That seems pretty incredible. I’m just a parent observer, with a son that played on two traveling teams last year at U14, and in somewhere around 50 games, I doubt I saw a total of 1,000 headers. Certainly could be more in practice, but I really don’t think heading was an area of concentration (as opposed to ball movement, in game decisionmaking, footwork). Just to say, I think those number are outliers from my perspective.

          Also, agree that heading seemed rare at young ages. Preventing punts seems like it would go a long way to reducing the number of times that is an option. And just from watching my first three high school games, keepers seem more likely to roll it out anyway. (Though I suppose that is due to the punt option spreading the field)Report

  5. Avatar dragonfrog says:

    It seems so odd to me that I could ride a bike to a soccer game wearing my helmet, take the helmet off to play soccer, and then put it back on again to ride home, and everyone would think that normal. But if I rode to the game bareheaded, put my helmet on to play soccer, and then took it off again to ride home, then I’d be thought weird.

    That, even though soccer sees about 20-30 concussions per 100,000 exposures (i.e. games and practices) (19 per 100,000 for boys, 33 per 100,000 for girls), while transportation cycling without a helmet has about 0.2 head injuries (a subset of which involve concussions) per 100,000 hours – literally a hundred times as safe with respect to head injuries.Report

    • Avatar dragonfrog in reply to dragonfrog says:

      I spend about 5 hours a week on my bike, mostly without a helmet. To have about the same head injury risk from soccer and cycling, I’d only have to average 2.5 games or practices a year…Report

      • Avatar Michael Cain in reply to dragonfrog says:

        I don’t wear my bike helmet because of the risk of concussion. I wear it because the (admittedly small) risk of something much worse happening. Over the years I’ve had two colleagues who kept their bicycle helmet with some part completely crushed hanging in their office so when people asked, they could tell their story and finish, “And that’s why you wear your helmet!” The opinions in both cases by people qualified to have one were that w/o the helmet it would have been a fatal head injury.Report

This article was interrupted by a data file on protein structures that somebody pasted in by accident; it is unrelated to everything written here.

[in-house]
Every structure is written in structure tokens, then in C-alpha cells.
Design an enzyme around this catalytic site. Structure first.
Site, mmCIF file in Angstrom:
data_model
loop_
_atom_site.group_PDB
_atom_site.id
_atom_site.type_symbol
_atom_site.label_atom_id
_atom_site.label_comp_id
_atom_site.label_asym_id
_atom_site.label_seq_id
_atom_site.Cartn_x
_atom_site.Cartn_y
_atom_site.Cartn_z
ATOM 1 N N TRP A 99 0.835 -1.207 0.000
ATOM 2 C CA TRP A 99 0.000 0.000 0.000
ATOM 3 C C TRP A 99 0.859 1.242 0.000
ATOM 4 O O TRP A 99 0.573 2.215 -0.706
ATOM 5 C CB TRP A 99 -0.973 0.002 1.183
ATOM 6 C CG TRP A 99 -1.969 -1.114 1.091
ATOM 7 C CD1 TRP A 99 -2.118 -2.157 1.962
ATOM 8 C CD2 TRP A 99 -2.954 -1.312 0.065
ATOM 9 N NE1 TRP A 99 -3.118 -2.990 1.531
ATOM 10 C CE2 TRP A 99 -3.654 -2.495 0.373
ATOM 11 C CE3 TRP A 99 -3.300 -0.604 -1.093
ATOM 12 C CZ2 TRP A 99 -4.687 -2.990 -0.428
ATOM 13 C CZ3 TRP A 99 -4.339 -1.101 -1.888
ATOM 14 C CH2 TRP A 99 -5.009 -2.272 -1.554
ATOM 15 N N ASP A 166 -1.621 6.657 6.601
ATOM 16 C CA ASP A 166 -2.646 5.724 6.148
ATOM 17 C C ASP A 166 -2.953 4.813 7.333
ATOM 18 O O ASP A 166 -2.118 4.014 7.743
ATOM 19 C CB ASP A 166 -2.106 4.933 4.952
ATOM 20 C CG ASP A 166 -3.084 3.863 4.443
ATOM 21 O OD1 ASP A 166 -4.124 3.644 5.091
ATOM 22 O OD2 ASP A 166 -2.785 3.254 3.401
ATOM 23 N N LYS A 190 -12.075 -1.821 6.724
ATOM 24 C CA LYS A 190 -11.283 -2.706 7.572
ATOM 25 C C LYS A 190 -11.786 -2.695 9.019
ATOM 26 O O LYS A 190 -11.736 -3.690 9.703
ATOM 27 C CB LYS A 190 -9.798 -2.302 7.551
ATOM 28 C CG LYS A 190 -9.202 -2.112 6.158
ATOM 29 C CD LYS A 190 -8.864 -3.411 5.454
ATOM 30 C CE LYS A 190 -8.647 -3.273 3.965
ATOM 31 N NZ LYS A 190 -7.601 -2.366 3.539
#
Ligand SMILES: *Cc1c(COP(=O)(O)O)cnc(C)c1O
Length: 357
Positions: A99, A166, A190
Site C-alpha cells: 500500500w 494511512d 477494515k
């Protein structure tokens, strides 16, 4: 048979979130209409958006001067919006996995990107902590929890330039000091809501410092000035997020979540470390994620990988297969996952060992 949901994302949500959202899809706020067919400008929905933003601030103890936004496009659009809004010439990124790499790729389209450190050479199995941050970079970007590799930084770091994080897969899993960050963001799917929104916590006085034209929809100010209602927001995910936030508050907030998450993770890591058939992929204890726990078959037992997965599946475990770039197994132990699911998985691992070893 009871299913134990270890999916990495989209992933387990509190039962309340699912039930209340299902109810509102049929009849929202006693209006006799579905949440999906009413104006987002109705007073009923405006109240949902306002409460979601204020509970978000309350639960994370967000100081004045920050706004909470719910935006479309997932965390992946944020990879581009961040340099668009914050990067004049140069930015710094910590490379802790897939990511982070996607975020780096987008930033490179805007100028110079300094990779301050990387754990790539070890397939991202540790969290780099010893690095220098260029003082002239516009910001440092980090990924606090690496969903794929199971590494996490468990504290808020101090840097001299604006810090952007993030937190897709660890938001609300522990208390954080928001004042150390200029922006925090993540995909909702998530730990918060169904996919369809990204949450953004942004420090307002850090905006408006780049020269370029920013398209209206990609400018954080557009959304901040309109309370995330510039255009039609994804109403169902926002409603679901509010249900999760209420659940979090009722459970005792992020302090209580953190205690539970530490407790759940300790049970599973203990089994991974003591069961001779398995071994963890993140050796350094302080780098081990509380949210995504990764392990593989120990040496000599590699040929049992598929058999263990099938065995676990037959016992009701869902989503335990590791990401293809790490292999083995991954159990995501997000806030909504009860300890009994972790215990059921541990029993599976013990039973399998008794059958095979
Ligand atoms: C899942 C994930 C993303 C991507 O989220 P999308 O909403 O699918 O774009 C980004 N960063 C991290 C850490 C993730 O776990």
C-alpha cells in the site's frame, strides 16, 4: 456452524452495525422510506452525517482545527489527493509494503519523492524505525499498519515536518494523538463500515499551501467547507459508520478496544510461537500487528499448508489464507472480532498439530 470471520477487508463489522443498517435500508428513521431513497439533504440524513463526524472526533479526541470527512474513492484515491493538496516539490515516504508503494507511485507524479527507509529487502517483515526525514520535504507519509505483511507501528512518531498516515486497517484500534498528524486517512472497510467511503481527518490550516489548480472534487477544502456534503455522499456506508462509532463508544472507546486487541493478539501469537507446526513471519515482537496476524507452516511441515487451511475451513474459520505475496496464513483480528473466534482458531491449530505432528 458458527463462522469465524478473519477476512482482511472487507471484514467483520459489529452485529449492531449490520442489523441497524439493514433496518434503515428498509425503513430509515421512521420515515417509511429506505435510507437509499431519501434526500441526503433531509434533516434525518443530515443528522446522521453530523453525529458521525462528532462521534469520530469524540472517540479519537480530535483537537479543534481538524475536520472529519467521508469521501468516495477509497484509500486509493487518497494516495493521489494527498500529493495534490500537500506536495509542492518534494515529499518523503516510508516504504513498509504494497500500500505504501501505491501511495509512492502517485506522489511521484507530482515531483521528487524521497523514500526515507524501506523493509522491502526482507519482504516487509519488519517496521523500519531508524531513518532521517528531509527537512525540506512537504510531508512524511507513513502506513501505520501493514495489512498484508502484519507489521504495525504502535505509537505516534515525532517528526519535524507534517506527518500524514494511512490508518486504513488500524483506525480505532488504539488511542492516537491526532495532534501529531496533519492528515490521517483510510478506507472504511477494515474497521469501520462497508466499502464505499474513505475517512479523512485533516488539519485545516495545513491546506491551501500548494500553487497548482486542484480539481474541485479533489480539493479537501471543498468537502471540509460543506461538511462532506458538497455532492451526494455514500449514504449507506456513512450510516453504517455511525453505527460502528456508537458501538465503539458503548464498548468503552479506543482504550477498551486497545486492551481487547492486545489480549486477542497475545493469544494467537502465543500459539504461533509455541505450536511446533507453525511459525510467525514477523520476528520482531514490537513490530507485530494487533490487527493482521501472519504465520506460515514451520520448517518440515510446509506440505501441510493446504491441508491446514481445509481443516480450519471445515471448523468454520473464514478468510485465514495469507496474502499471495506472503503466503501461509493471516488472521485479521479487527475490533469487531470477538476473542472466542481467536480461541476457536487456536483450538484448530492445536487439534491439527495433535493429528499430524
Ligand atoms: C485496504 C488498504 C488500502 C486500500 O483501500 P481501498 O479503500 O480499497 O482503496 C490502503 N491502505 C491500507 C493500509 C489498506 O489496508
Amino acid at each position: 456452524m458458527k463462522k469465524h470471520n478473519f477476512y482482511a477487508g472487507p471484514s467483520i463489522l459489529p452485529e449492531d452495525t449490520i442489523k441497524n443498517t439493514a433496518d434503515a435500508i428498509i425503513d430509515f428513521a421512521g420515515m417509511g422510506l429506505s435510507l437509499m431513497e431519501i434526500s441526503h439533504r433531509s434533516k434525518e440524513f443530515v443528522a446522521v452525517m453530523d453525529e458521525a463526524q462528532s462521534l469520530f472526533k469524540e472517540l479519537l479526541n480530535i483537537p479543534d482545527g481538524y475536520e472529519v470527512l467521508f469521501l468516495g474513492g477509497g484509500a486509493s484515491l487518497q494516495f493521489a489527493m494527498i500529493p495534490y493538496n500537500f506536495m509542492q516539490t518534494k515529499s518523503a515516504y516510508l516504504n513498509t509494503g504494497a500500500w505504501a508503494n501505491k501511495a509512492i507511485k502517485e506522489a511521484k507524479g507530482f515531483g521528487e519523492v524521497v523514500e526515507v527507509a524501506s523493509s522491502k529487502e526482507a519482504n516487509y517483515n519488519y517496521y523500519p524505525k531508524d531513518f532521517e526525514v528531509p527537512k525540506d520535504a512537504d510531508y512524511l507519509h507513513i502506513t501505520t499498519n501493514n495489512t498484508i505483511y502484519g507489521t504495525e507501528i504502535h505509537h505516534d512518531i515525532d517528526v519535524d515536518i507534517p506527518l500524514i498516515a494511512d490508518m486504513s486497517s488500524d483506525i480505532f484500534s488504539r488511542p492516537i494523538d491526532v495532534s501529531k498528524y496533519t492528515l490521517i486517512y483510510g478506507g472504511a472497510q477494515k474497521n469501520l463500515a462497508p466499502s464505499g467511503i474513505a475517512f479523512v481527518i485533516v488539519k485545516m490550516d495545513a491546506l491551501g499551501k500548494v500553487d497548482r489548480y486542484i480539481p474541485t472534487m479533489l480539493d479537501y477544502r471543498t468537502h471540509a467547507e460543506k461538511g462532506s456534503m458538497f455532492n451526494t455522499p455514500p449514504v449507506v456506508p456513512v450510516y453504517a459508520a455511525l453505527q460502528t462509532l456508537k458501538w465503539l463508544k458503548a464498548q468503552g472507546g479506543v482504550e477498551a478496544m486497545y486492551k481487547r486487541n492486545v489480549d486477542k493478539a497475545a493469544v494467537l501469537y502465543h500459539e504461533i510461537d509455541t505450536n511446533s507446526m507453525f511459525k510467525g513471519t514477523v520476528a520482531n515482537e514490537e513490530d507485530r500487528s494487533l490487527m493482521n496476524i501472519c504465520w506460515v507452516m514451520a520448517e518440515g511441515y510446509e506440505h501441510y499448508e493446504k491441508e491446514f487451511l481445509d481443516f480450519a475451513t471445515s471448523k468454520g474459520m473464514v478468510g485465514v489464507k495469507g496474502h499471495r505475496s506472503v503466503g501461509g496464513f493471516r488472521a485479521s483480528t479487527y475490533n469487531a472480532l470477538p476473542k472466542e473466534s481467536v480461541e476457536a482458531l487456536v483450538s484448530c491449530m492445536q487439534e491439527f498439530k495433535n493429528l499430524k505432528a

• Avatar dragonfrog in reply to Michael Cain says:

          Depending on the study you believe, the risk of death by head injury from walking is somewhere between near-identical and double that of cycling. Since I am happy to walk without looking for ways to mitigate risk, I’m not going to worry much about cycling either.

          That’s “transportation cycling” not “bicycle sports”. Mountain biking or road racing are different beasts from riding on smooth pavement at a comfortable pace to destinations around town…Report

          • Avatar Michael Cain in reply to dragonfrog says:

            One of the two was “tame” mountain trail — eight feet wide, paved with finely crushed stone, suitable for people in a powered wheelchair with fat tires. He had no idea why he fell because he lost the 30 minutes of short-term memory leading up to the event. Helmet bounced off a basketball-sized rock buried next to the side of the trail.

            The other was a transportation case — car drifted into the bike lane, didn’t touch him but he flinched so violently as it passed that he fell. Helmet bounced off the square corner of the curb. Driver didn’t stop.

            Most of where I ride these days I could do w/o the helmet. If I’m sharing the pavement with cars, though, I wear the helmet.Report

  6. Avatar Michael Cain says:

    I do sport fencing. When I sat on the board of our state division of USA Fencing, one of the things we struggled with was to get coaches to pay attention to possible concussion symptoms. They’re rare in the sport, but do occur. Most commonly by falling backwards and hitting your head on a hardwood or concrete floor. When I have had to lead footwork exercises for beginners, I always have them do two or three retreats in a row and then look at how their feet wind up. Many are in a position where on the next retreat they’re going to trip on their own foot. Occasionally I can even convince some of them that there’s a reason that footwork drill is more than just going through the motions sloppily — it’s building muscle memory so you do it right, every time, w/o thinking about it.Report